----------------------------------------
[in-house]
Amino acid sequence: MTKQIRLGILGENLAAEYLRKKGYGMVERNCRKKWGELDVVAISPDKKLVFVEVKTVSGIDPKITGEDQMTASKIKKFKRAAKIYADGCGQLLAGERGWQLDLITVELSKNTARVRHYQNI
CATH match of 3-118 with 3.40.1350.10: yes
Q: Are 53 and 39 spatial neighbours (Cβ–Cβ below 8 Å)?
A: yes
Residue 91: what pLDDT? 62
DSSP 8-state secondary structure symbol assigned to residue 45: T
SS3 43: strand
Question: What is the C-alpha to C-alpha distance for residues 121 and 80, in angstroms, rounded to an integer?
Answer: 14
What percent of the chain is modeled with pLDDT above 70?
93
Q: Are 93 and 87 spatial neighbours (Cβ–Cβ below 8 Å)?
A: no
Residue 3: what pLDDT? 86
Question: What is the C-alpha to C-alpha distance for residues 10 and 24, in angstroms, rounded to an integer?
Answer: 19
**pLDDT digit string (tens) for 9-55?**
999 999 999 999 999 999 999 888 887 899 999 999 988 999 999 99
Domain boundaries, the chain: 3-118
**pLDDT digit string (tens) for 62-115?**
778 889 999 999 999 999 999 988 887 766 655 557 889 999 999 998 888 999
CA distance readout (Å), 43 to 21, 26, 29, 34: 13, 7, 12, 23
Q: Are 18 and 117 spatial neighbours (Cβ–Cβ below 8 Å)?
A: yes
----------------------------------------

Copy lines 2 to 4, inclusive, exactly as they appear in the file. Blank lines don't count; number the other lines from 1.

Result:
Amino acid sequence: MTKQIRLGILGENLAAEYLRKKGYGMVERNCRKKWGELDVVAISPDKKLVFVEVKTVSGIDPKITGEDQMTASKIKKFKRAAKIYADGCGQLLAGERGWQLDLITVELSKNTARVRHYQNI
CATH match of 3-118 with 3.40.1350.10: yes
Q: Are 53 and 39 spatial neighbours (Cβ–Cβ below 8 Å)?